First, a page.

In a world with the ACP, Common Sense estimates higher take-rates because of the lower price of service as well as the existence of nonprofits helping people sign up for ACP and in doing so promoting the area’s ISPs. It also estimates that outreach efforts and other support from these organizations would result in decreased acquisition costs for the ISP. The number of subscription cancellation is expected to decrease both because it is an administrative hassle for ACP participants to switch providers and because ACP participants are less sensitive to the price of service.
More Than a Temporary Solution?
If the ACP is to incentivize ISPs to build to certain low-income or rural communities, ensuring that the program stays alive – and that eligible households keep signing up for it – will become especially relevant as providers select the communities they propose to serve with BEAD funding. Current forecasts predict ACP funding could run out as soon as August 2024.
Additionally, there are effective, community-led connectivity solutions which depend on the ACP to continue making Internet access more affordable.
Project Waves, for example, is a Baltimore nonprofit whose efforts to build out to low-income multi-dwelling units (MDUs) hinge on a continuation of the ACP subsidy. Many Tribal networks also likely lean on the ACP to keep them financially sustainable as they serve folks on Tribal lands, where the customer subsidy is a significant $75/month.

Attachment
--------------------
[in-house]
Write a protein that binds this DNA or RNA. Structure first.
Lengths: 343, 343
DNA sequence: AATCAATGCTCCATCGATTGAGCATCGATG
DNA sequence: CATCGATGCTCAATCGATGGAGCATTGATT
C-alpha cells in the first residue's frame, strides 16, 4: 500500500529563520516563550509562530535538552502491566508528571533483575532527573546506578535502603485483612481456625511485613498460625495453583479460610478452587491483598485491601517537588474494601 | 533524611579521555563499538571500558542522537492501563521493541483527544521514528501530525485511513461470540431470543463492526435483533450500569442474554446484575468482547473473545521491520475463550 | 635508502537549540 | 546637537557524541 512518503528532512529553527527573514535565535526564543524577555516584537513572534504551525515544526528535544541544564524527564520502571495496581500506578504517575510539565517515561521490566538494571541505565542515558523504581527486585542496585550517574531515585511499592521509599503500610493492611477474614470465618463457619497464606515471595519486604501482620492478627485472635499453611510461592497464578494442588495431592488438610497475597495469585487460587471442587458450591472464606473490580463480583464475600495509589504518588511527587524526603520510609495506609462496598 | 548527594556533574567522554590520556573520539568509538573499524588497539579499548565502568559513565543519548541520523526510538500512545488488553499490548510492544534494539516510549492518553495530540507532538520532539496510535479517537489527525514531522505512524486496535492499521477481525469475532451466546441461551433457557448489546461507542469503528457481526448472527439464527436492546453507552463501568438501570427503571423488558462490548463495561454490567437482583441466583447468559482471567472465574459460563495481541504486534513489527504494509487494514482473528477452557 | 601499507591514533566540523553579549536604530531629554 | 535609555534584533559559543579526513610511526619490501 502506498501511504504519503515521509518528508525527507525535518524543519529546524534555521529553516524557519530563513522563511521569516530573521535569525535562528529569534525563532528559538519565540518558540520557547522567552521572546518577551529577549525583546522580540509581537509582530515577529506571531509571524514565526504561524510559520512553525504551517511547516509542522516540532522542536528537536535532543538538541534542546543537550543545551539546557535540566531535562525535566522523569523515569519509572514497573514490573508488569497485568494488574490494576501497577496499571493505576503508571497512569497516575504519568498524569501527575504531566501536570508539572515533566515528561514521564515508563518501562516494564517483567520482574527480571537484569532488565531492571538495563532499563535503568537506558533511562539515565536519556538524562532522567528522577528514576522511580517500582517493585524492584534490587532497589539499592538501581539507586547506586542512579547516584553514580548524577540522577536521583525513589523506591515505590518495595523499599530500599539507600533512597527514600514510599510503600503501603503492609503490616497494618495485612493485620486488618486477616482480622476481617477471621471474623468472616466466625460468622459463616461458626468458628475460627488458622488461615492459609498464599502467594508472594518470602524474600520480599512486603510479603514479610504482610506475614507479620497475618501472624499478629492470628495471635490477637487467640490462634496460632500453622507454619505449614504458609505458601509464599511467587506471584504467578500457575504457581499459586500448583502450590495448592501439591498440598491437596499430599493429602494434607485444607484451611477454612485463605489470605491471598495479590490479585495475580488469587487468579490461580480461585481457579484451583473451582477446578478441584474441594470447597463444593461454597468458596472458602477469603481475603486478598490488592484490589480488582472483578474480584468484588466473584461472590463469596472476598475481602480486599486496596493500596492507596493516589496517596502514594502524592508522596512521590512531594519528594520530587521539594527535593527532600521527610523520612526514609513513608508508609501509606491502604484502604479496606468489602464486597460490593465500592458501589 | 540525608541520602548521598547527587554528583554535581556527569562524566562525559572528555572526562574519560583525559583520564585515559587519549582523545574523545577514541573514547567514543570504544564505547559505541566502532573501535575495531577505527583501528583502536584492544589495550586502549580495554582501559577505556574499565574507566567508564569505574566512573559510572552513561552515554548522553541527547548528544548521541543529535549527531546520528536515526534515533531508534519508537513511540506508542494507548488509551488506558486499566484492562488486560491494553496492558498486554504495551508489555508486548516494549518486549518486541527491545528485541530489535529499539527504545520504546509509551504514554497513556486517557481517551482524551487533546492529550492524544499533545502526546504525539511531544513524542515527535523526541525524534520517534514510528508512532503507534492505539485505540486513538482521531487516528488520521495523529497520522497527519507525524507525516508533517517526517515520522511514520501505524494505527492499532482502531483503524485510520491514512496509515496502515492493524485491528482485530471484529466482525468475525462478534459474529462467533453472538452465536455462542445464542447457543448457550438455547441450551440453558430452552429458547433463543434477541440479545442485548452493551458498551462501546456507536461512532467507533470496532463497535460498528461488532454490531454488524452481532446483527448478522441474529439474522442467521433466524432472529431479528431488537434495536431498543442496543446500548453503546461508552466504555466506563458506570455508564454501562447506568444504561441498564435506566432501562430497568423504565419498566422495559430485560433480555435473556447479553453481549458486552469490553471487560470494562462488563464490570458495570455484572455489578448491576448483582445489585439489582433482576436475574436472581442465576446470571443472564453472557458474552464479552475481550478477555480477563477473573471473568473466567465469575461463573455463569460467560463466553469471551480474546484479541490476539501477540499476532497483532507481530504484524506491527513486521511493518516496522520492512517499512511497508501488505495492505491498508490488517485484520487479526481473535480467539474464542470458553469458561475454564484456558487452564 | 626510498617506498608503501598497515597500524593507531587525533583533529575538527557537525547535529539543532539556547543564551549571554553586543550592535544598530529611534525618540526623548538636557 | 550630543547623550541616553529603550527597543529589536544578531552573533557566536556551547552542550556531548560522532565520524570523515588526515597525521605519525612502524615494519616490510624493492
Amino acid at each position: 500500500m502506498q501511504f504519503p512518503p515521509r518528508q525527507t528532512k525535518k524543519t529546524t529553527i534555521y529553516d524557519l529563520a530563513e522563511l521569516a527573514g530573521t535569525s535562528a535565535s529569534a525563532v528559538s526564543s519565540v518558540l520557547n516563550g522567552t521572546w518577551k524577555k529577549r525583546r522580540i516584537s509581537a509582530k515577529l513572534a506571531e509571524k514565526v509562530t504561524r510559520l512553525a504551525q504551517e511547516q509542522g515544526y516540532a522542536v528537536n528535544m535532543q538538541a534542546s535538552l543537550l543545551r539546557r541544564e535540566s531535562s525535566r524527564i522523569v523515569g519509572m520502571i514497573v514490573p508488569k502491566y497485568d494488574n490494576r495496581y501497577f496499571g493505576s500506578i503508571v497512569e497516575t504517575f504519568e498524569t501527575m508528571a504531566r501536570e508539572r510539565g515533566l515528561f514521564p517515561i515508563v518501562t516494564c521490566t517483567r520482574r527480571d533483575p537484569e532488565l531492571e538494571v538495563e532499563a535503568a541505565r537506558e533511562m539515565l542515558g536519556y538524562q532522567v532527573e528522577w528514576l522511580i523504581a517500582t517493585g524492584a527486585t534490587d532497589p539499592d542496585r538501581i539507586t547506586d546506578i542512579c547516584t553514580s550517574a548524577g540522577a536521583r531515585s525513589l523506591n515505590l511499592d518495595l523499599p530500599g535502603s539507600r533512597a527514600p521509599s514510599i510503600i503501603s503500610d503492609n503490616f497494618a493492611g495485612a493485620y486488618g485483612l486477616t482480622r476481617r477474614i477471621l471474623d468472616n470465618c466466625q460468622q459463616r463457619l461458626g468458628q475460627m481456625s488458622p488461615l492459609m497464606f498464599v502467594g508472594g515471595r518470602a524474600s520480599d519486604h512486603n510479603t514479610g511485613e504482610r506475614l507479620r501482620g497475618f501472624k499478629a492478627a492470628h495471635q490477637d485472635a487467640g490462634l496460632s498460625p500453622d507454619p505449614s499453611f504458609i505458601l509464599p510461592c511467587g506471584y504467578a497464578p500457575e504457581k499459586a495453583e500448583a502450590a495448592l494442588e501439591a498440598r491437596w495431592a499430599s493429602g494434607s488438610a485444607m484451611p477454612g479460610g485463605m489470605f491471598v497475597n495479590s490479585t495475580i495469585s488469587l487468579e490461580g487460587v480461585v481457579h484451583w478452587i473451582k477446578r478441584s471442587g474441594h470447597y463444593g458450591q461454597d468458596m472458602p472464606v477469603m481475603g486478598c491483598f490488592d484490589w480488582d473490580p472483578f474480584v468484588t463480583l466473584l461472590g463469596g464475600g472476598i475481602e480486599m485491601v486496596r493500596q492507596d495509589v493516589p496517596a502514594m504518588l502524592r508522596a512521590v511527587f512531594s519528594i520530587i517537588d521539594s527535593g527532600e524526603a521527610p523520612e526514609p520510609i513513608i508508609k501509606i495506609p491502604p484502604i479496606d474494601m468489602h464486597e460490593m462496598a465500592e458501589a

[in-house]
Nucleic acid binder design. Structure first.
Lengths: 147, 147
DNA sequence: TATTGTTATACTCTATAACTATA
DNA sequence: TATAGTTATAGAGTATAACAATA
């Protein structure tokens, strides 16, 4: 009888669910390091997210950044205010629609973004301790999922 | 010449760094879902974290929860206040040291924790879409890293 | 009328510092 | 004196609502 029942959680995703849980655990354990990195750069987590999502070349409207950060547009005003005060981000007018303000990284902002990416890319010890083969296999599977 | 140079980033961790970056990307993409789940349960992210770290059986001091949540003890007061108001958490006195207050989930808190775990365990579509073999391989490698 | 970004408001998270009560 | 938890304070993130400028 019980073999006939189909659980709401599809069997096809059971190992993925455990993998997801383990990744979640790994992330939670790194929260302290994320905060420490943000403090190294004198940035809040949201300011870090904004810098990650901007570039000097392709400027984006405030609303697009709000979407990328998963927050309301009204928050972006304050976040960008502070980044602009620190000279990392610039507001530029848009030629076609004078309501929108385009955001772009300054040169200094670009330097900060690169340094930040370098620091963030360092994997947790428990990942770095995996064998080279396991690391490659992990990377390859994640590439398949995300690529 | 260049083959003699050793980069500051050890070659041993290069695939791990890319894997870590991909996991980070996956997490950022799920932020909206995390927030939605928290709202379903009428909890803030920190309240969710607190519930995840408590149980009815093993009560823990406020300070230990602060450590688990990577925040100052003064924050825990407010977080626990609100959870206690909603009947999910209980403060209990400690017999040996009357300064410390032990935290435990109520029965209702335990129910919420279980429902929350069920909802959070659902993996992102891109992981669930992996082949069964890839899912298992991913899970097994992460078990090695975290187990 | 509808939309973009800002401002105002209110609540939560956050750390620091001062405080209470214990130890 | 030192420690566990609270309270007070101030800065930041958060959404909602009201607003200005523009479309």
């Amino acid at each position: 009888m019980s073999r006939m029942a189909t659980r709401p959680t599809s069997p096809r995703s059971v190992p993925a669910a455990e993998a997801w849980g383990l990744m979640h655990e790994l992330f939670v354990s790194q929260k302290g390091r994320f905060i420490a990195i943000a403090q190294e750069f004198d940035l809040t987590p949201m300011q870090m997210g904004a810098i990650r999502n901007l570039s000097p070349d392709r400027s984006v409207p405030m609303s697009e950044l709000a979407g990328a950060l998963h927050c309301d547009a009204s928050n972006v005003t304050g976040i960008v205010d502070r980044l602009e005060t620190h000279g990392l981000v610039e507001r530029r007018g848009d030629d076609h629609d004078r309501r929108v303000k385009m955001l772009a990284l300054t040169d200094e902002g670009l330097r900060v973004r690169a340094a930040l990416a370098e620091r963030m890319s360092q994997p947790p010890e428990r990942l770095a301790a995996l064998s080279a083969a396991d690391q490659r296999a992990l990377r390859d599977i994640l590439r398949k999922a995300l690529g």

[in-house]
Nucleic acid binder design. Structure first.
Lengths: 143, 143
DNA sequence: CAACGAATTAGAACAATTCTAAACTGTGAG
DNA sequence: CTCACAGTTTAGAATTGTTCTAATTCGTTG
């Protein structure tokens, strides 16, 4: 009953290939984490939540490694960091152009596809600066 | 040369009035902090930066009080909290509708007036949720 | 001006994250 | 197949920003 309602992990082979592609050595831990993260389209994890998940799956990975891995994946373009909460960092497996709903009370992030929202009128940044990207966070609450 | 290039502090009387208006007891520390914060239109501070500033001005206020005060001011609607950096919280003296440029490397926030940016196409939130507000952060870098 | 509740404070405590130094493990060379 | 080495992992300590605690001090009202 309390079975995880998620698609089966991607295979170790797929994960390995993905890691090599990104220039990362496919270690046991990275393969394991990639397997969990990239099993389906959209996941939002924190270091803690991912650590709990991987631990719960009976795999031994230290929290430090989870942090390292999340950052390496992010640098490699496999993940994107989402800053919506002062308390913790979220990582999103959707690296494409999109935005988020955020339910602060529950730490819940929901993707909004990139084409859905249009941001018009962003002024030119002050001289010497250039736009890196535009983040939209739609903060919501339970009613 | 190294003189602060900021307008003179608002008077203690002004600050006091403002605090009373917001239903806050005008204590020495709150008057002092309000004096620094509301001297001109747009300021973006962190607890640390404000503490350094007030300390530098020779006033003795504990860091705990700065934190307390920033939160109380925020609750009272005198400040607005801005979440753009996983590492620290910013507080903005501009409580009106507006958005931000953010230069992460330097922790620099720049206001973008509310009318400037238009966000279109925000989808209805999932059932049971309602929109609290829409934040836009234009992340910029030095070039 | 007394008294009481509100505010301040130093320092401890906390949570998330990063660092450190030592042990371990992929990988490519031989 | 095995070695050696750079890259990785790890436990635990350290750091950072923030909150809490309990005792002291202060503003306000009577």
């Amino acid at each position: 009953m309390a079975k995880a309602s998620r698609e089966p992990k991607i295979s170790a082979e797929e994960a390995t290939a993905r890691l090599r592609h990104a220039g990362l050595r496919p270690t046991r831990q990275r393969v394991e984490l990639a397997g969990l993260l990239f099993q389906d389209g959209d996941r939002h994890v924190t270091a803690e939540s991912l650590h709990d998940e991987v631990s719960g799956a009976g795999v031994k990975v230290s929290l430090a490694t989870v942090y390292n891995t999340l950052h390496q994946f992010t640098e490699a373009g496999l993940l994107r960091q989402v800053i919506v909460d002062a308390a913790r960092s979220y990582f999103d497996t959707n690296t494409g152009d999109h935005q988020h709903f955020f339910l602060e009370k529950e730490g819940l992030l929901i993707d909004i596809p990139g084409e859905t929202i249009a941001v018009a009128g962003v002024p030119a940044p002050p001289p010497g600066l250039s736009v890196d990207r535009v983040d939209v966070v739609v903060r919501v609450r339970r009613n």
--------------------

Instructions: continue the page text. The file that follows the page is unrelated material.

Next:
Though the program is likely to stimulate some investment in urban areas and promote competition in areas where there are incumbent providers, the argument that the ACP could help promote infrastructure investment applies mostly to rural communities where there is no incumbent provider. In urban areas or rural areas with at least one existing ISP, it would be relatively easy for incumbents that do not already participate in ACP to begin offering the subsidy, weakening the economic case for new providers to enter that market. In “greenfield” communities, however, which have been left completely unserved, the case is strong, because the provider is also more likely to see the increased takerates predicted by the model.
Importantly, the ACP’s potential to stimulate long term infrastructure investments in rural communities strengthens the argument that Republican Senators, especially those with large constituencies in rural America, should also be advocating for a reallocation of the program’s funds. Digital equity advocates everywhere have been pushing hard to replenish funding for the ACP, and though groups like ILSR and USC Annenberg have documented the extent to which the program has extensive bipartisan support from constituents, replenishment remains a largely Democratic issue. Some advocates are trying to get ACP funding legislation integrated into the upcoming Farm Bill, and data like this could help make that case.
Outreach efforts and legislative advocacy around ACP remain critical, as the program not only makes connectivity more affordable in the short term, but also has the potential to provoke investment which could serve communities long into the future.
Read the full report here.
Inline image of Internet service providers folder and keyboard courtesy of Nearshore Americas, Attribution-ShareAlike 3.0 Unported (CC BY-SA 3.0)
Inline Figure 17 graphic from the report: model assumes 30 percent of a provider’s subscribers are enrolled in the program, uses an average connection cost of $6,300, and assumes the ISP is entering a rural community with no incumbent providers.